February 14 – Cyril and Methodius
These weekly “People to Commemorate” posts are a kind of calendar for the commemoration of the saints, reproduced here from a Uniting Church Assembly document which can be found in full here. They are intended for copying and pasting into congregational pew sheets on the Sunday closest to the nominated date.
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Cyril and Methodius, Christian pioneers
The ninth century was perhaps the most active period of missionary activity in the Eastern (Orthodox) churches since apostolic times. Patriarch Photius chose two Greek brothers from Thessalonica, Constantine whose monastic name was Cyril, (826-869), and Methodius (?815-885) to initiate the conversion of the pagan Slavs – Moravians, Bulgarians, Serbs and Russians. They had grown up on the borders of these lands, and they knew the Slavonic language, amongst others. Cyril was a librarian and known as a philosopher; both were ordained priests. In 863 they set off for what is now the Czech lands with an invitation from the local prince and the blessing of the Byzantine emperor. In preparation for this venture, the brothers had translated the Gospels, the larger part of the New Testament and some of the Old, and the liturgical books into Slavonic, an enormous task, especially since they had to begin by inventing an alphabet, now known, in a developed form, as Glagolithic or Cyrillic. That is, they set out with the basic tools to build a church of peoples who did not know Christ. What is known as Church Slavonic is still the basic liturgical language of the Russian and related churches, and a great literature grew from it in the related languages.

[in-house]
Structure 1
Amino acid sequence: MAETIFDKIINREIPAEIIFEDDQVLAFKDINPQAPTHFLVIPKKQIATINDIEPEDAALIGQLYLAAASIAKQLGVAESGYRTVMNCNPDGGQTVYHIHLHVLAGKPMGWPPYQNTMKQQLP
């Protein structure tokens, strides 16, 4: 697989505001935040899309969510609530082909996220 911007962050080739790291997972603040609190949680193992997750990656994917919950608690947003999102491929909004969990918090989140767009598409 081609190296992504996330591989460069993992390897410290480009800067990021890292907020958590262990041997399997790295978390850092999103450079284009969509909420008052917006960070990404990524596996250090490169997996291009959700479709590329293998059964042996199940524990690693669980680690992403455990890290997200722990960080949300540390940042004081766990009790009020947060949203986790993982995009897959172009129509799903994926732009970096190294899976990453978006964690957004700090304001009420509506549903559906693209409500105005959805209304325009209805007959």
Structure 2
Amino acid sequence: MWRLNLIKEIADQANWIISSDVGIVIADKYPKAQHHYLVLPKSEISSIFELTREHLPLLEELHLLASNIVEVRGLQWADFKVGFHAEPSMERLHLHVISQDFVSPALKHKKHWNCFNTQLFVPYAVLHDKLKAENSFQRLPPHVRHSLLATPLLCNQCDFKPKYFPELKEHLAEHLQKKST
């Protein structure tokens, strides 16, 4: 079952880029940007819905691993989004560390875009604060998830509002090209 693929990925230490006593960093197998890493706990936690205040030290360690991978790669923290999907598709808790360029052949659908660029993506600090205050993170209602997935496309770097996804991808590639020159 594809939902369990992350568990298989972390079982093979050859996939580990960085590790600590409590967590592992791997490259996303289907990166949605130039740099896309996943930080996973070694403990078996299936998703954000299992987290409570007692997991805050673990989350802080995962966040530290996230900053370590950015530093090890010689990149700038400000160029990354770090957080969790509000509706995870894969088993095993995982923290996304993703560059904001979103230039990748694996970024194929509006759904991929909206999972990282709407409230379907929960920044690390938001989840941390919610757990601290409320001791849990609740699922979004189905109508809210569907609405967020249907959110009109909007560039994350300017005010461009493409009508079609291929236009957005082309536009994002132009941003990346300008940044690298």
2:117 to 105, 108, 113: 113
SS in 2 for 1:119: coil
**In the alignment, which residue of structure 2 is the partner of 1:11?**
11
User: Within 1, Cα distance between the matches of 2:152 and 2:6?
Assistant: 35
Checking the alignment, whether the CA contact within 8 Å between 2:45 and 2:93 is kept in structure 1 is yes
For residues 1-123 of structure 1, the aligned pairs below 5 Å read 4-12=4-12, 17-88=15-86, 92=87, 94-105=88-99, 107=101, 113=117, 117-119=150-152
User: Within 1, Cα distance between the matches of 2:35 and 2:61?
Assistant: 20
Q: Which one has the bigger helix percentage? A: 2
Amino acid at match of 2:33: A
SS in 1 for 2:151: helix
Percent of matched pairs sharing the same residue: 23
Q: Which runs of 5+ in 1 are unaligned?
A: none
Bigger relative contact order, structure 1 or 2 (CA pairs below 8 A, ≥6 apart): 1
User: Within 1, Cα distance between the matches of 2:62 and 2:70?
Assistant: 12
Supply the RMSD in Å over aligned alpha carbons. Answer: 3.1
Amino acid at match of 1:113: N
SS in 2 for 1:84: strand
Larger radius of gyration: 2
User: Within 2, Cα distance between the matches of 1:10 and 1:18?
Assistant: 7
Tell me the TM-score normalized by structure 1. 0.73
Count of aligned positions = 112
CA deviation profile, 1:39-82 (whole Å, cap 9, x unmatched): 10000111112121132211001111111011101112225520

Their methodology however was in contrast to that of Rome, whose missionaries had to teach their converts Latin before they could teach them anything else – and indeed there were clashes between missionaries of the two Christian centres. At this stage, however, the eastern and western wings believed themselves to belong to the one universal church, and the brothers travelled to Rome to place their mission under the Pope. Their exceptional approach and their church books received his blessing, but sadly, under that pope’s successor, and under German Catholic influence back in Moravia, the old Latin approach was enforced, and the saints’ work eradicated soon after Methodius died. However, the seeds had been sown, and bore fruit especially in Russia, Bulgaria and Serbia, whose rulers consciously chose Cyril and Methodius’s way. Rightly are they know as the ‘apostles of the Slavs’. Success took a long time, and was largely achieved by decision of tsars and princes. Some half-convinced Greek missionaries used Greek, which was no more understandable to the Bulgars than Latin; in Romania, a Latin-based culture, the Slavonic influence is still mixed with the Latin in the Orthodox Church.
The younger brother Cyril died in Rome (he became a monk in 868 just before his death on February 14th, 869) and is buried there. Methodius had been made a bishop by the pope (ca 870) for his return to Moravian lands after their embassy to Rome. He was imprisoned for two years by rival church authorities, and endured many years of theological and ecclesiastical disputes. He died in Moravia. Their pupils, however, carried on the work into further lands, paving the way for their declaration as co-Patrons of Europe, with St Benedict, by Pope John Paul II in 1980.
By Rev Prof Robert Gribben